There is a wide individual variation in plasma NT-proBNP values. As a general guideline, in young, healthy adults, 90% will have BNP <25 pg/ml and NTproBNP ≤70 pg/ml [6]. Our study showed that the preoperative NT-proBNP ranged from 19.3 pg/mL to 35000 pg/mL (median 728.4, IQR 213.5 to 2551 pg/mL). Univariate analysis showed that preoperative atrial fibrillation, NYHA class III/IV, LVEF, pulmonary pressure, LVEDD, preoperative creatinine, preoperative cTnT were significantly associated with preoperative NT-proBNP levels. NT-proBNP had a significant positive correlation with LVEDD, pulmonary pressure, and a significant negative correlation with LVEF and NYHA classification, respectively. This indicates that NT-proBNP is released increasingly from the left ventricle when wall tension or stretch increased as a consequence of volume overload or as left ventricular function deteriorates [7]. Also high NT-proBNP levels are associated with increased creatinine levels and kidney failure. Besides of a reduced renal clearance of NTproBNP, increased cardiac afterload caused by fluid retention is a possible explanation [8]. Experimental and clinical studies have suggested that atrial volume, pressure and wall stretch are the main determinants of the activation of these peptides and are all potentially altered in atrial fibrillation [9], so atrial fibrillation is also a risk factor of increased NT-proBNP. Furthermore, our research found that patients undergoing valvular surgery had higher NT-proBNP levels compared to patients undergoing CABG. We think that patients with valvular diseases had higher heart overload and wall tension than patients with coronary artery diseases.

The postoperative NT-proBNP ranged from 132.1 pg/mL to 35000 pg/mL (median 1940.5, IQR 995.9 to 3892 pg/mL). The difference between the preoperative and postoperative NT-proBNP level was statistically significant (p = 0.015). Previous studies demonstrated that BNP decreases when the aortic clamp is applied and the heart is isolated from circulation. Then there is a minor increase in BNP concentrations following cardiac reperfusion [10]. 24 h post-CPB it arrived its peak value, and returned to the preoperative baseline values 3 weeks after surgery [11]. The postoperative peak concentration of plasma NT-proBNP correlated with the preoperative plasma NT-proBNP concentration (r = 0.526, p < 0.001) in our research. This finding offers a possible explanation why the outcomes after cardiac surgery can be predicted by the preoperative plasma concentration.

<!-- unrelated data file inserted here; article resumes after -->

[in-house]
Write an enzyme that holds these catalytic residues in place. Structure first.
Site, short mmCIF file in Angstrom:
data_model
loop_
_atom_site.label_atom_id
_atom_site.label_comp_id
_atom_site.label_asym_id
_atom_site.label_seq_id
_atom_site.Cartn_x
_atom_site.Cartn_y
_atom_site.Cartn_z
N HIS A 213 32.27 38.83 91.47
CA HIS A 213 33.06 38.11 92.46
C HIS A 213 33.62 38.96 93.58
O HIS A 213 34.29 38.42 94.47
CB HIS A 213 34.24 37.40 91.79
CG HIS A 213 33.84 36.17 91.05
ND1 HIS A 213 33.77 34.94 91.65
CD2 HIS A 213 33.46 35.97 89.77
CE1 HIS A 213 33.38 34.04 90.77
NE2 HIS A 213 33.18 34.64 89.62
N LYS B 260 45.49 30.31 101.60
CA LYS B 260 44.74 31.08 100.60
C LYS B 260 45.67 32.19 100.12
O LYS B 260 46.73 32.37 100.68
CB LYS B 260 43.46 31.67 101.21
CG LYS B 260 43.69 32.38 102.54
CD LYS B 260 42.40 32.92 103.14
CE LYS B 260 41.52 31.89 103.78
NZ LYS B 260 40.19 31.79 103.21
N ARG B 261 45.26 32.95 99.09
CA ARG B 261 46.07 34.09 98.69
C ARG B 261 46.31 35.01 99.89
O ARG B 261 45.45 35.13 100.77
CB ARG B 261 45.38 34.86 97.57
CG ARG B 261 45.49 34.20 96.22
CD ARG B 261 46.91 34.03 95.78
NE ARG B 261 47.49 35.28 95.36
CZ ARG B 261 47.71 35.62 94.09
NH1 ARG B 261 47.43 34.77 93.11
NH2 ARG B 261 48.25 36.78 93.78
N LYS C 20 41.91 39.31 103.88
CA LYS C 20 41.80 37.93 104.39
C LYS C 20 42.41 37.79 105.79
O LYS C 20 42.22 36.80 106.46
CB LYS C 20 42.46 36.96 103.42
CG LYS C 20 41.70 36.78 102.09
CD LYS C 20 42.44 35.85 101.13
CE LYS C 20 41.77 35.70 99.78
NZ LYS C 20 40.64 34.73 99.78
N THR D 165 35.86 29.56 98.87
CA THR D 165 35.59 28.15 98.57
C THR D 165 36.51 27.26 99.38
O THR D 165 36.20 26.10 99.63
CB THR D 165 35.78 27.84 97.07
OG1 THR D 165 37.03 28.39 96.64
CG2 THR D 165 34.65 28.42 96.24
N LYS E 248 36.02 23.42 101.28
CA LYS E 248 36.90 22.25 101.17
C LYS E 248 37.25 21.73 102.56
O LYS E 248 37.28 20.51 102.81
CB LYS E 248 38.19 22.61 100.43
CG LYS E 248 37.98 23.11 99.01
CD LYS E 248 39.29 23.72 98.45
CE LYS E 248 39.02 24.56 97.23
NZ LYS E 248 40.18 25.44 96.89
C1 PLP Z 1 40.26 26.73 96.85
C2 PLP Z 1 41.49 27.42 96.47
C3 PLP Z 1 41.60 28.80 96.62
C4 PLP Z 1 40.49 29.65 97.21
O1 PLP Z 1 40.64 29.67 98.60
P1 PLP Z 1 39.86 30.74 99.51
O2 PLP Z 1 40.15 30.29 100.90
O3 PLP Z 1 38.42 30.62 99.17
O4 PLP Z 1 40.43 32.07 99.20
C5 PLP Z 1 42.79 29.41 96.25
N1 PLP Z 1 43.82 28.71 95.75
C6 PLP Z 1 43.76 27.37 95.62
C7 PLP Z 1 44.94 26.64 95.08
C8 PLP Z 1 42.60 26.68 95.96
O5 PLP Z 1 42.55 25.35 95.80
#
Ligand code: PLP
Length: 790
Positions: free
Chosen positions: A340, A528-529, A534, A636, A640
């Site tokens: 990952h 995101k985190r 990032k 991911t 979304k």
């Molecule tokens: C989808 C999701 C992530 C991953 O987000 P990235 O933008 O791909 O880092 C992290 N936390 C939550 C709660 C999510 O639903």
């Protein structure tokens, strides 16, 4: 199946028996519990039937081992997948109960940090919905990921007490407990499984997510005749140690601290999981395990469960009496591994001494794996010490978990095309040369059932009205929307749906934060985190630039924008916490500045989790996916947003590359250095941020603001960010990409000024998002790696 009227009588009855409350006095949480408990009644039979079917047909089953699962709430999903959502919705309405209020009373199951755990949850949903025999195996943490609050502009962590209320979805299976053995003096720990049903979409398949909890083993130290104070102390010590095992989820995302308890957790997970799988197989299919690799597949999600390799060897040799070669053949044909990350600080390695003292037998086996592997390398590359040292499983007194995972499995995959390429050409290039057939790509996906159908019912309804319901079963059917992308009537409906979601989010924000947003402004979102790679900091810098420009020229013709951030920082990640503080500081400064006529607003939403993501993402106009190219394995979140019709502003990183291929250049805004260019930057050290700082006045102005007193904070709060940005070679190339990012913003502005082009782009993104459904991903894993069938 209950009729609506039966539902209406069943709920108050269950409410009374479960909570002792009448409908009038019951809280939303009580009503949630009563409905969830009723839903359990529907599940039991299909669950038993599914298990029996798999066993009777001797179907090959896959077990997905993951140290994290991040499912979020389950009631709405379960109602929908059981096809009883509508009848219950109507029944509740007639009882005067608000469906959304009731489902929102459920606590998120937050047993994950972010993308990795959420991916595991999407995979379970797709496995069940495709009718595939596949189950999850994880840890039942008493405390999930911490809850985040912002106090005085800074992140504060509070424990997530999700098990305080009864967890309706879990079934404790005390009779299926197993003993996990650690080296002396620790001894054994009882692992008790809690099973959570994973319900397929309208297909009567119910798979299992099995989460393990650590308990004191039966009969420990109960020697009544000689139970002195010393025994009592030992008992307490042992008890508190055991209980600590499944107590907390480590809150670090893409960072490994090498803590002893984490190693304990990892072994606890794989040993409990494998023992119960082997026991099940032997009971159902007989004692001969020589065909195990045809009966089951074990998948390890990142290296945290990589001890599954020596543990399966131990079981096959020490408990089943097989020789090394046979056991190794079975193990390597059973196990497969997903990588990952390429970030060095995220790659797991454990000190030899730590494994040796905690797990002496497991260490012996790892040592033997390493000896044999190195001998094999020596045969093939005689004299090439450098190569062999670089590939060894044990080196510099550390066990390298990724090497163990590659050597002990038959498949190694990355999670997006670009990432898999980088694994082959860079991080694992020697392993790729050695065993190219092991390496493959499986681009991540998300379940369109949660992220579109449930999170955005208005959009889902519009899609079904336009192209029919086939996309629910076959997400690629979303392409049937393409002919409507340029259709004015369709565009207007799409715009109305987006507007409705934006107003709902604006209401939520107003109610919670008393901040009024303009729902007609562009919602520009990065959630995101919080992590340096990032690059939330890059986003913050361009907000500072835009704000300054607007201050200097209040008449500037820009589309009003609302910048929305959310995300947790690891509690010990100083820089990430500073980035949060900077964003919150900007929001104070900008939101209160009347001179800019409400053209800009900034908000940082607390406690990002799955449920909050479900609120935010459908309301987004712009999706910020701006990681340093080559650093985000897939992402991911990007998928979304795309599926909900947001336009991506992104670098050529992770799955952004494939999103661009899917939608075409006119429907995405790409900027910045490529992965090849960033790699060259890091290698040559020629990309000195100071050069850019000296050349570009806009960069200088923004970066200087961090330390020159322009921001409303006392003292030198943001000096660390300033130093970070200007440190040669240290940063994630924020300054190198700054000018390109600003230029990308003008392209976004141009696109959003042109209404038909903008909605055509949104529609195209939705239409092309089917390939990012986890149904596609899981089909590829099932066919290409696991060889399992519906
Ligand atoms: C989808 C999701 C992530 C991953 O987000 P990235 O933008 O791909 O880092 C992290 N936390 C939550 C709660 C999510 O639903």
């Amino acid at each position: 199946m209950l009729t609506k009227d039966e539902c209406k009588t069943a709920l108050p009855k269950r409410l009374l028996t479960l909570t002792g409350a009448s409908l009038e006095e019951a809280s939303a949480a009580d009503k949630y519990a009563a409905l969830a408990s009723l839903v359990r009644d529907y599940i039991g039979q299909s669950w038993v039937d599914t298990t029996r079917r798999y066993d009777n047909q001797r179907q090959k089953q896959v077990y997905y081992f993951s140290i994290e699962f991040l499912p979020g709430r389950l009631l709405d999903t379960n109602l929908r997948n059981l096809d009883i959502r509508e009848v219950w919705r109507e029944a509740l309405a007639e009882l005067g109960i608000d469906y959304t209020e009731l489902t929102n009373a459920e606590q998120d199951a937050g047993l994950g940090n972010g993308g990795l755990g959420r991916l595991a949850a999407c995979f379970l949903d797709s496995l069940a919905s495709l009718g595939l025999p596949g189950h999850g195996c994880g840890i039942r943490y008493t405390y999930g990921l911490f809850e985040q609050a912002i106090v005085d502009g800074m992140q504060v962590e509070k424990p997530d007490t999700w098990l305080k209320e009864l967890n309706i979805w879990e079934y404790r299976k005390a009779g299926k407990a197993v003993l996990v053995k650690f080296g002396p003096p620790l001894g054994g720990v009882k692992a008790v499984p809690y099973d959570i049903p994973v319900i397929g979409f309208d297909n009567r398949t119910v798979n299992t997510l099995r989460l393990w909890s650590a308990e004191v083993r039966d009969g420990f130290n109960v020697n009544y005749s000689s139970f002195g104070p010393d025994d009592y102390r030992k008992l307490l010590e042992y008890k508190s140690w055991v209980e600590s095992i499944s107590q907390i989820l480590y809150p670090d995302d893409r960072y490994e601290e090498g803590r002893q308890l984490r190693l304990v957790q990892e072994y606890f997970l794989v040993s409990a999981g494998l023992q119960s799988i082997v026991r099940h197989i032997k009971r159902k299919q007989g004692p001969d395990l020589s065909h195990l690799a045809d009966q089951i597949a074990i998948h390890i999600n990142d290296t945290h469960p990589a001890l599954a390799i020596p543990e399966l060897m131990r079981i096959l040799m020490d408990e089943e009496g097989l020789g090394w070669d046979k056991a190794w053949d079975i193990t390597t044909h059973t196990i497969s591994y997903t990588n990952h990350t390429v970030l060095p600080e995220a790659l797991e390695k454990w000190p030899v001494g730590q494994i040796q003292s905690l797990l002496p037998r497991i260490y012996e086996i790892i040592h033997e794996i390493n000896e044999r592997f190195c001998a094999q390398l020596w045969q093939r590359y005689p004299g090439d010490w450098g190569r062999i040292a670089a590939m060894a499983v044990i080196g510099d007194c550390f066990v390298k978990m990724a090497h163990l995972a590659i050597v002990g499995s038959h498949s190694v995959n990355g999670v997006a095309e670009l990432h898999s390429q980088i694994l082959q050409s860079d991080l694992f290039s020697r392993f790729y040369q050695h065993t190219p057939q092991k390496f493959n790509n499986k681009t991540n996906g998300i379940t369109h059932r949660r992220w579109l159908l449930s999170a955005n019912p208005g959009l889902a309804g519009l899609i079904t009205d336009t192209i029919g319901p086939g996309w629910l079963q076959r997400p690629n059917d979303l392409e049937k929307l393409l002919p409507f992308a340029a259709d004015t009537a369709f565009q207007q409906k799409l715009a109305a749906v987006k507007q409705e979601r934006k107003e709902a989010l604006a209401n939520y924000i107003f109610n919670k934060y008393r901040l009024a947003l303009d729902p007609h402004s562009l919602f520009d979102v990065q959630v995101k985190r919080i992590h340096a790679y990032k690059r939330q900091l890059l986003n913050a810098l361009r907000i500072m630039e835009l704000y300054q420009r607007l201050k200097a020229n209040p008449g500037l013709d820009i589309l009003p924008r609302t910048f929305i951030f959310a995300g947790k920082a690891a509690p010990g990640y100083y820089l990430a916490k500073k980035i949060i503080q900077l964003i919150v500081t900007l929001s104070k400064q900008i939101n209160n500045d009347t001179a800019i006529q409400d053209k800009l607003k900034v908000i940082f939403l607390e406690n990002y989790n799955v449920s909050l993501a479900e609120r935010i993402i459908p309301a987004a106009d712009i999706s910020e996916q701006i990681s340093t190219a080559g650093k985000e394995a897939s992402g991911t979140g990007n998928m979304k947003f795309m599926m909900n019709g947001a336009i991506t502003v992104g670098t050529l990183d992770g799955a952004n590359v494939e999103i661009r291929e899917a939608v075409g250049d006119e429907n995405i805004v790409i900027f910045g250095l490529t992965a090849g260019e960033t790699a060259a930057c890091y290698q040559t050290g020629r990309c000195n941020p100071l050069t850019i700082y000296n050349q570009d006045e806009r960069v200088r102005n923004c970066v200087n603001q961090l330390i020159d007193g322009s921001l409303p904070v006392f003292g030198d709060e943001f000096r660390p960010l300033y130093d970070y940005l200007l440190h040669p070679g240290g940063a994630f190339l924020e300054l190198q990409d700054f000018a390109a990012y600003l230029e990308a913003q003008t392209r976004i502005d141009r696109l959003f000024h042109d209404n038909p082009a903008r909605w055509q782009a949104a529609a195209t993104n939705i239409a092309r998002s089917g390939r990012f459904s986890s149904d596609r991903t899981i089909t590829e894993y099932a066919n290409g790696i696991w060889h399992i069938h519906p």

A variety of multifactorial risk indexes have been described to help preoperative risk assessment of patients undergoing cardiac surgery. Some studies had focused on the predictive value of preoperative NT-proBNP [12,13]. Hutfless et al. considered that BNP levels > 385 pg/ml could predict the postoperative complications and one-year mortality after heart surgery [14]. Sodeck’s research showed increased levels of NT-proBNP (>647 pg/ml) indicated unfavorable outcome [15]. Grescenzi et al. showed that postoperative NT-proBNP levels are associated with in-hospital mortality and prolonged ICU stay after CABG surgery [16]. Our study demonstrated that a NT-proBNP of 2773.5 pg/ml was the best cutoff (sensitivity of 63.6% and specificity of 80.8%) to predict the mortality within 30d of surgery. In our analysis, median NT-proBNP level in patients with unfavorable clinical end points had significantly higher NT-proBNP level than those without(1998.5 pg/ml Vs. 630.5 pg/ml, p = 0.016). At the same time, the preoperative NT-proBNP showed a significant influence on the ICU LOS, hospital LOS and ventilation time. So NT-proBNP may be become a clinical routine biomarker capable of predicting patients’ perioperative and early postoperative risk because of it is convenient, quick and not expensive. The quantitative cut-off values may be used by physicians in their decision to delay heart surgery in order to further ameliorate the patient. This might be through diuresis, and NT-proBNP level could be quantitatively followed until it reaches more reassuring levels.

Conclusion

In conclusion, preoperative plasma NT-proBNP level presents a high individual variability in patients undergoing cardiac surgery. The risk factors of preoperative elevated NT-proBNP levels include NYHA classification, EF, pulmonary arterial pressure, LVEDD, Af, preoperative plasma creatinine, and cTnT level. Preoperative NT-proBNP is a valuable marker in predicting postoperative mortality and bad outcome in patients undergoing heart surgery.

Competing interests

The authors declare that they have no competing interests.

Authors' contributions

HL carried out the data collection and analysis, drafted the manuscript. CW carried out the artical design and guidance. LL carried out the data collection. YZ carried out the data collection. XY carried out the data analysis. YZ carried out the data collection. All authors read and approved the final manuscript.